Arsi University Asella Health Science College,Ethiopia.
Abebe sorsa is a asistant professor of pediatrics and child health , arsi university asella health science college, asella ethiopia.
Background: Highly active anti-retroviral therapy (HAART) has brought significant change in reducing morbidity and mortality among children living with HIV/AIDS. However, proper monitoring of HAART response is found to be among the challenges that commonly occurring in HIV care and treatment in resource-limited countries. The objective of this study was to assess patterns of weight gain as a predictor of CD4 recovery during the first six months of HAART in children with HIV infection.
Methods: A retrospective cross sectional study was conducted on patients taking HAART since 2005 to 2011. All HIV-infected children under the age of 15 years who took first-line HAART for at least six months at Black Lion Specialized Hospital Addis Ababa were included. Data were collected, entered and analyzed using Epi info version 3.5.1 and SPSS version 16.Linear regression was used to assess weight gain as a predictor of CD4 cell recovery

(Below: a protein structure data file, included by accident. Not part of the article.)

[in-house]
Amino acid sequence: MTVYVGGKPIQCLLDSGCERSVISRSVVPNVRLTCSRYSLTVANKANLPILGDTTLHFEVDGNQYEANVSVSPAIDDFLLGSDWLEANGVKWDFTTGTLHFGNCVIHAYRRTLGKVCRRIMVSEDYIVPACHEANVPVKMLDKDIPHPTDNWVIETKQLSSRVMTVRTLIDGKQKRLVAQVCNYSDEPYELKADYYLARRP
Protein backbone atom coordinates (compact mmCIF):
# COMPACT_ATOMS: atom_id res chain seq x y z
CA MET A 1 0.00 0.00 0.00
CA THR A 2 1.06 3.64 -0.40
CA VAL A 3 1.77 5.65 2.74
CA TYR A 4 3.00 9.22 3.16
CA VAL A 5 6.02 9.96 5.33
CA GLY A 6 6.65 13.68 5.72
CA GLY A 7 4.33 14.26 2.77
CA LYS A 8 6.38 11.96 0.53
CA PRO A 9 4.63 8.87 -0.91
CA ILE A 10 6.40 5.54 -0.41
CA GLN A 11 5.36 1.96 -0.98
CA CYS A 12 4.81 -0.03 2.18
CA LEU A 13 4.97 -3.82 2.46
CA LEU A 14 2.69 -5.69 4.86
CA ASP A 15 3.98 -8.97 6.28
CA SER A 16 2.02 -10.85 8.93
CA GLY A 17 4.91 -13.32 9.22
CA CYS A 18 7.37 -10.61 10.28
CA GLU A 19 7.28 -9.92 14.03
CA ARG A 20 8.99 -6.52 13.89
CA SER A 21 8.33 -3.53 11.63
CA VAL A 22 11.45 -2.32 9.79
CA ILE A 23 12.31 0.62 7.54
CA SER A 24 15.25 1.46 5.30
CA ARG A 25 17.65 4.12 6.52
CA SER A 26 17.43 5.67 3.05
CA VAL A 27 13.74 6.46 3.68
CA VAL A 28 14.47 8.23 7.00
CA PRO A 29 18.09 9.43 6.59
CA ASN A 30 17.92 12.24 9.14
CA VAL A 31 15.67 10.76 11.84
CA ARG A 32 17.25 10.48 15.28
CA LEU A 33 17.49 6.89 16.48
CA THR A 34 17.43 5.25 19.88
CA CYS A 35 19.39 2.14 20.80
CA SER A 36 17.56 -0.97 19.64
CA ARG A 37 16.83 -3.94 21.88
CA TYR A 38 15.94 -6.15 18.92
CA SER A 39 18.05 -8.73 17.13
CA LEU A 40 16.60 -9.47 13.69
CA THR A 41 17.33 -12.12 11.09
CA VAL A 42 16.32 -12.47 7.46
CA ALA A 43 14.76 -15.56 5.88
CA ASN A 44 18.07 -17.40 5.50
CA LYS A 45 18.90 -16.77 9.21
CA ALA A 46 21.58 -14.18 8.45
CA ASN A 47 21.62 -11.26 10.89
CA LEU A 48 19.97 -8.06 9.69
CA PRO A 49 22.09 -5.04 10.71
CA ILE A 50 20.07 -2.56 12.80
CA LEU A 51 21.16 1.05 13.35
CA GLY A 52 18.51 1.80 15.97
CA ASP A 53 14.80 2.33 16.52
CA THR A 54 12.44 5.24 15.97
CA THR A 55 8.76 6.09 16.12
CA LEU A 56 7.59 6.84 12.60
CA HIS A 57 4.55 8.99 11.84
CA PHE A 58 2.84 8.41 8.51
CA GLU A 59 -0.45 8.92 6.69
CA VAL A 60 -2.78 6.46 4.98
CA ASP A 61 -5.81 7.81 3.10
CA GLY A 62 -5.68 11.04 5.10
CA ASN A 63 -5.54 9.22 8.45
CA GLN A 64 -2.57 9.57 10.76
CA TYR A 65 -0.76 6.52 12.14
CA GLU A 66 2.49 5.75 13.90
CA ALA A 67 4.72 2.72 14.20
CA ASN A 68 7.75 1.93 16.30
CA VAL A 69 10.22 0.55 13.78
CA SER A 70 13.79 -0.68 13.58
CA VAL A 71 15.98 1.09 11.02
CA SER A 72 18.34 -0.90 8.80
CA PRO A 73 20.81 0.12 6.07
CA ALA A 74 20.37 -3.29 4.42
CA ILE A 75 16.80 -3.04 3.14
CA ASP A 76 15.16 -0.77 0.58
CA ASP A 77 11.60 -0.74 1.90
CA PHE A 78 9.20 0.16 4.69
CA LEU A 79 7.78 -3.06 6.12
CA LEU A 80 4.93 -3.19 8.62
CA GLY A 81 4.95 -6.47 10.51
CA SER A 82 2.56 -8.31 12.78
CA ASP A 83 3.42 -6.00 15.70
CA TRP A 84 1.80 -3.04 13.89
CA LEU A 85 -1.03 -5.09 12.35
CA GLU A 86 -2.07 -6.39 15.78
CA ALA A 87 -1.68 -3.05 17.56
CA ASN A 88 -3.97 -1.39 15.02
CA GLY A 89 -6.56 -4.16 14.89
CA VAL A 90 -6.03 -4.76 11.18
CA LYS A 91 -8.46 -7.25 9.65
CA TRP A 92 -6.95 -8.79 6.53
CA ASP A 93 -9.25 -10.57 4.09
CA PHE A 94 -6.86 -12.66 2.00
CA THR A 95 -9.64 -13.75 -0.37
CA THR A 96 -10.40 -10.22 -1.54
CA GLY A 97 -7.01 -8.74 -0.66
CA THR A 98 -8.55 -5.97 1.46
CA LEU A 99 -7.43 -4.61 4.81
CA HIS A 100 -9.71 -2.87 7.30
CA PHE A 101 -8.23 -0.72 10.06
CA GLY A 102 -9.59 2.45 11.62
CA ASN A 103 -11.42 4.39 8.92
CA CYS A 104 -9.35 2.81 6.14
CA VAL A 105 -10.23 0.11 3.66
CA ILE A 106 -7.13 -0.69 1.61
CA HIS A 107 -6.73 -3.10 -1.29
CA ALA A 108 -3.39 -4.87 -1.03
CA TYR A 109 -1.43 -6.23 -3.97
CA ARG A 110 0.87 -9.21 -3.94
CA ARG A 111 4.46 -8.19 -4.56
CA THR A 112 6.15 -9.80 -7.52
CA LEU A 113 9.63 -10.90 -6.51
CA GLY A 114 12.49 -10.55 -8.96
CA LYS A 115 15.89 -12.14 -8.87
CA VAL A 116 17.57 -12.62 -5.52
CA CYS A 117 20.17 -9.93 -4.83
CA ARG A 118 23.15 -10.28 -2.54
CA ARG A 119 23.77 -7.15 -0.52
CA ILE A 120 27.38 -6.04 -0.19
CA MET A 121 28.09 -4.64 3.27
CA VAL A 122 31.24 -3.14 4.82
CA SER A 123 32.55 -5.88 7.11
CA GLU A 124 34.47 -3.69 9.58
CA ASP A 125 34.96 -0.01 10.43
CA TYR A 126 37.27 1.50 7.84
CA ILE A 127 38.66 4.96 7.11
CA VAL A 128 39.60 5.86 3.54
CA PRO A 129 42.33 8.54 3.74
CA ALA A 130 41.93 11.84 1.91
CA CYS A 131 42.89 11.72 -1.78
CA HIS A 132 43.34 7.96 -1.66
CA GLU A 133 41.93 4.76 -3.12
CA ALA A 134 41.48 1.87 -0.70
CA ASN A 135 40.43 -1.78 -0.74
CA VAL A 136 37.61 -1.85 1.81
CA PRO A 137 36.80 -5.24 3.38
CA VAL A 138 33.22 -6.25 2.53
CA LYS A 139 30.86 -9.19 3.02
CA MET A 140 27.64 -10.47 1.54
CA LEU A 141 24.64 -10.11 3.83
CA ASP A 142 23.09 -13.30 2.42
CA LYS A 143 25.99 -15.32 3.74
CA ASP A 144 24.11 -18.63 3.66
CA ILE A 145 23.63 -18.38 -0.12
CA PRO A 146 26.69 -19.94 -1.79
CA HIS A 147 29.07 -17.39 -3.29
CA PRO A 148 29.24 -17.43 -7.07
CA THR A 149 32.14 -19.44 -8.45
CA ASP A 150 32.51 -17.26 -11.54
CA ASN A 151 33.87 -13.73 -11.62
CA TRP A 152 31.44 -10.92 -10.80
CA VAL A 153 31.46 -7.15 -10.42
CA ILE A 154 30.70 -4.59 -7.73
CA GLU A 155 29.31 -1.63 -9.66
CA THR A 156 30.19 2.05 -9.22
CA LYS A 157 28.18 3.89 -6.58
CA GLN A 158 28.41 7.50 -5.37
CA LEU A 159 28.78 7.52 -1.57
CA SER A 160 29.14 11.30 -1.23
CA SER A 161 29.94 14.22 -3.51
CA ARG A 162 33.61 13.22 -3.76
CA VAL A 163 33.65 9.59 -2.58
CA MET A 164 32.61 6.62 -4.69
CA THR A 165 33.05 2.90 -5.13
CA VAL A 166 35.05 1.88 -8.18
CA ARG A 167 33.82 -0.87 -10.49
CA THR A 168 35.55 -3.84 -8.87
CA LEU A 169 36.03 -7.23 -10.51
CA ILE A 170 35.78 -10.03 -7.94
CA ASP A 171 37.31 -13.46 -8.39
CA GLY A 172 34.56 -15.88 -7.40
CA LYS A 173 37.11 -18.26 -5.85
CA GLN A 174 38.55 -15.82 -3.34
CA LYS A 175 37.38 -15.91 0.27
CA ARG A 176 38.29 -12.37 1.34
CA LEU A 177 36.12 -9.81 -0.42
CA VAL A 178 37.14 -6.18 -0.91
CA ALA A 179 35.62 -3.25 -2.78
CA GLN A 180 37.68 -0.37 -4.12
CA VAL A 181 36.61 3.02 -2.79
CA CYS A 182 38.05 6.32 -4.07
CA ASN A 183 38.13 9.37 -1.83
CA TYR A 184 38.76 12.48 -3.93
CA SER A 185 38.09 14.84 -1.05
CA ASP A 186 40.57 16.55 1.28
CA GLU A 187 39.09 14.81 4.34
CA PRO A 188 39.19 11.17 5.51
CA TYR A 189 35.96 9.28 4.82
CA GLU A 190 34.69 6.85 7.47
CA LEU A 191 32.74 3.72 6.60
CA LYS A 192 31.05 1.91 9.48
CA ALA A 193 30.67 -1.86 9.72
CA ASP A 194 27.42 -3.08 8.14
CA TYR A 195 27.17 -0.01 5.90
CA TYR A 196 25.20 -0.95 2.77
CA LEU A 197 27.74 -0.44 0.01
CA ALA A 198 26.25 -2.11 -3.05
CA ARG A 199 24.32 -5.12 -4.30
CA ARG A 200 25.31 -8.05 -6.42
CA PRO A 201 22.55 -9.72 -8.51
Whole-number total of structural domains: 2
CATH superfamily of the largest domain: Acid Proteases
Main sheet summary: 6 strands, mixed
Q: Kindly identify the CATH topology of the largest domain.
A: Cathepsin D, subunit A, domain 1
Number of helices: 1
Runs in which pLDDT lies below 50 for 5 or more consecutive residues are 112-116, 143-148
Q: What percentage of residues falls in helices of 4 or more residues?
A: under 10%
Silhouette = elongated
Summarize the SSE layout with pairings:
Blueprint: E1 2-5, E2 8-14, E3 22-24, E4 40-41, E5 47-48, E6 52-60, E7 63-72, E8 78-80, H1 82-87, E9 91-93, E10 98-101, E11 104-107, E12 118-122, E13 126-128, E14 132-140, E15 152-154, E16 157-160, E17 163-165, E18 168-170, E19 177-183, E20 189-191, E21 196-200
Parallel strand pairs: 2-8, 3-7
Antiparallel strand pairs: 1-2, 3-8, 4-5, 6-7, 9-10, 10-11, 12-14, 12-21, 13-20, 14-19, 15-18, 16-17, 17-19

RESULTS: Data of 196 children were analyzed. Males constitute 51% and the minimum age at the start of ART was 4 months and the highest being 168 months (inter-quartile range 87-120 months). CD4 cell count at the start of HAART ranged from 3-2003 cell/ml with an interquartile range of 231-317 cell/ml. After 6 months of HAART, the CD4 count has ranged from 71-2300 c/ml with inter quartile range of 458-612 c/ml and mean CD4 count difference of 230, 95% CI (199.414-260.613); P<0.001. The mean weight gain at three month is 0.772kg, 95% CI (0.588- 0.957) and at six months is1.80 kg,95% CI (1.60- 2.00); P<0.01.Weight at three and six months of initiation of HAART found to be strong predictors of CD4 count recovery at six months (p 0.012 and 0.002respectively).
Conclusion: Although gain in CD4 count in the first six months of ART is the best predictor of subsequent HAART outcomes, we demonstrated that pattern of weight gain is useful tool for predicting early response to HAART particularly in resource-limited settings.